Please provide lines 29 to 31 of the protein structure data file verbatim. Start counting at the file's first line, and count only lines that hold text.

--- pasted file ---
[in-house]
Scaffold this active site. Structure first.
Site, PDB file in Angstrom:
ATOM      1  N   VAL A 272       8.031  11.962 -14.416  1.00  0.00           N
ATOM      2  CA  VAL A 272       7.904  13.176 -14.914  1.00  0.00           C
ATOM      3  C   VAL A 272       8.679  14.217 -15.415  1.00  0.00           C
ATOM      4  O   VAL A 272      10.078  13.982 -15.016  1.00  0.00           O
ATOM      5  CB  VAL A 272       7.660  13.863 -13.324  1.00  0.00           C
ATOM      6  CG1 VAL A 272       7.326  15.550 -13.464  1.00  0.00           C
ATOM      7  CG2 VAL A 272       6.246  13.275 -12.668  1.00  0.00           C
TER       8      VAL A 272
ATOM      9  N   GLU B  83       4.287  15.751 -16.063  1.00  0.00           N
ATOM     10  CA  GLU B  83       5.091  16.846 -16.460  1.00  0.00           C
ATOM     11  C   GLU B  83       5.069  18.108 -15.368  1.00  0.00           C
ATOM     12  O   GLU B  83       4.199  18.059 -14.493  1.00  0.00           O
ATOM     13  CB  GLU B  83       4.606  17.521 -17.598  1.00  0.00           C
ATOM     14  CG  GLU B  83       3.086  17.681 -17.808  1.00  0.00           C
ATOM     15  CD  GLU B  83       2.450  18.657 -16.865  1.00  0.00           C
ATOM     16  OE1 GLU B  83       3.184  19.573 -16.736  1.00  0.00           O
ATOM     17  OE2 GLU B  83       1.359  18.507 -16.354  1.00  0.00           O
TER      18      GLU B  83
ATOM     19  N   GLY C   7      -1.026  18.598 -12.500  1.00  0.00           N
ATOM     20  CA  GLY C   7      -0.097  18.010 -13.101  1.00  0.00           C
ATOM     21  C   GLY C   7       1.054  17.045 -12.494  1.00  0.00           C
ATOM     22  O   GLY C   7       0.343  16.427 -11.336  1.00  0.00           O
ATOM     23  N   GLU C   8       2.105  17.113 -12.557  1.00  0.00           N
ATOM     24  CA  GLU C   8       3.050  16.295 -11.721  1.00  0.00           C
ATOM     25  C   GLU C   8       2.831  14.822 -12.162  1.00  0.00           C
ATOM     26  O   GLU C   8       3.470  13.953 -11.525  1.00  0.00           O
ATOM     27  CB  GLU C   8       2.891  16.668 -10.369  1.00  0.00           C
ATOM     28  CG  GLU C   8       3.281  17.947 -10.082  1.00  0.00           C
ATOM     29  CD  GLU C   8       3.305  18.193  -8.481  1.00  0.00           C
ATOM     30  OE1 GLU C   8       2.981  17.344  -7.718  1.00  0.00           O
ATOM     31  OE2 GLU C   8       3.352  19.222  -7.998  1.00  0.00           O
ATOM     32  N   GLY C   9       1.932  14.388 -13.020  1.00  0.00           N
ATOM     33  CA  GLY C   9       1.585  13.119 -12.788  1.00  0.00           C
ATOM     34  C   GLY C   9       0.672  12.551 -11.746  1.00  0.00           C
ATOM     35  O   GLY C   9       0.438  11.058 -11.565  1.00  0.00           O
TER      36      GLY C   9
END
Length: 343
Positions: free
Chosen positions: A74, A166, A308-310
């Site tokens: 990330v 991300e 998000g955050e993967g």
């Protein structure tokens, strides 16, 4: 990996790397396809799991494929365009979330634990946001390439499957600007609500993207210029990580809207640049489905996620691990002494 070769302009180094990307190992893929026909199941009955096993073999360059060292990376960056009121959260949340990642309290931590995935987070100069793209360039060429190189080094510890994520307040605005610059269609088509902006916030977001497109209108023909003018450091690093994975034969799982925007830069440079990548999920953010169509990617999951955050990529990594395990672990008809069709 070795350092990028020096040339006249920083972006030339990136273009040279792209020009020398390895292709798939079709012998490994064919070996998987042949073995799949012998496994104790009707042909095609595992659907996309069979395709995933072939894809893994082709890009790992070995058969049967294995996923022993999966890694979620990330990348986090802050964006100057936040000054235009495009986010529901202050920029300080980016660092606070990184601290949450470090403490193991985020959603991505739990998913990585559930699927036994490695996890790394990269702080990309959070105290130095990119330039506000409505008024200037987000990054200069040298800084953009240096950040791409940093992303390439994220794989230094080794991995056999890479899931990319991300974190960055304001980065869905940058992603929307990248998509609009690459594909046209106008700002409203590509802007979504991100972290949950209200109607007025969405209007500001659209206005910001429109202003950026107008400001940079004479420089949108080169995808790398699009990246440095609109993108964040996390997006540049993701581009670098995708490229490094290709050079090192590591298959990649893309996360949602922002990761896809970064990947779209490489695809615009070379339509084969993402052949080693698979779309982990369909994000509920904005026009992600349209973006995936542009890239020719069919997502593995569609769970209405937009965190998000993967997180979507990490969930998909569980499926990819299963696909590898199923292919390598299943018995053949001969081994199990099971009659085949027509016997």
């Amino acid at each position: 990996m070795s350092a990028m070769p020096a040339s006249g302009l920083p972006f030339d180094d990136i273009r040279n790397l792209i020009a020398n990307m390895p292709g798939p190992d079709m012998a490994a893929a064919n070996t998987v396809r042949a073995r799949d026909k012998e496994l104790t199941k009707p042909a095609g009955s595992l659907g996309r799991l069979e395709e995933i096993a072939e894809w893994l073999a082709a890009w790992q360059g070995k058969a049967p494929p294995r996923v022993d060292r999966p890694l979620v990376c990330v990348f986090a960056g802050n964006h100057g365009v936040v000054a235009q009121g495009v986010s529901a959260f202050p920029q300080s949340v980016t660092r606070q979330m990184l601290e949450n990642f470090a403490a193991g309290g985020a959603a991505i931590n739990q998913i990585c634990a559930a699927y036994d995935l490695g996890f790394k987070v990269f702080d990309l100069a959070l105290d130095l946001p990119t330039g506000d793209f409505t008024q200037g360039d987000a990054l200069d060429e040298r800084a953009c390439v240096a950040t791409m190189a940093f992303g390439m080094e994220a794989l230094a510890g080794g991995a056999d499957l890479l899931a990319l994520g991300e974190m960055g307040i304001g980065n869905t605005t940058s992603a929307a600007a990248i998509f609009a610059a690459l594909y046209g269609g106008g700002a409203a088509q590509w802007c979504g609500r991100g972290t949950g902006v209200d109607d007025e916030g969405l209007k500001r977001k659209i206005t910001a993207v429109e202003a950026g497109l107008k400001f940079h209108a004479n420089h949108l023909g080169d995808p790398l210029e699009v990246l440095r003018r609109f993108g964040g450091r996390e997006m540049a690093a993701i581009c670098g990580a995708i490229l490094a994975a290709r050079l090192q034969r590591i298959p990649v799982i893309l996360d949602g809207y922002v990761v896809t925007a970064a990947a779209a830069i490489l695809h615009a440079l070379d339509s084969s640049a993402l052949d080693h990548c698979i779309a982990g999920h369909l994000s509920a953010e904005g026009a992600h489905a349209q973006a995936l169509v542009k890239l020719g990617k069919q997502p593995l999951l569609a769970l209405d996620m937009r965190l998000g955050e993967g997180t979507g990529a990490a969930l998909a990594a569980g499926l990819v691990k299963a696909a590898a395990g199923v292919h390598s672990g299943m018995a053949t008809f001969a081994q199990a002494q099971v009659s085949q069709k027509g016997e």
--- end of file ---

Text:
ATOM     26  O   GLU C   8       3.470  13.953 -11.525  1.00  0.00           O
ATOM     27  CB  GLU C   8       2.891  16.668 -10.369  1.00  0.00           C
ATOM     28  CG  GLU C   8       3.281  17.947 -10.082  1.00  0.00           C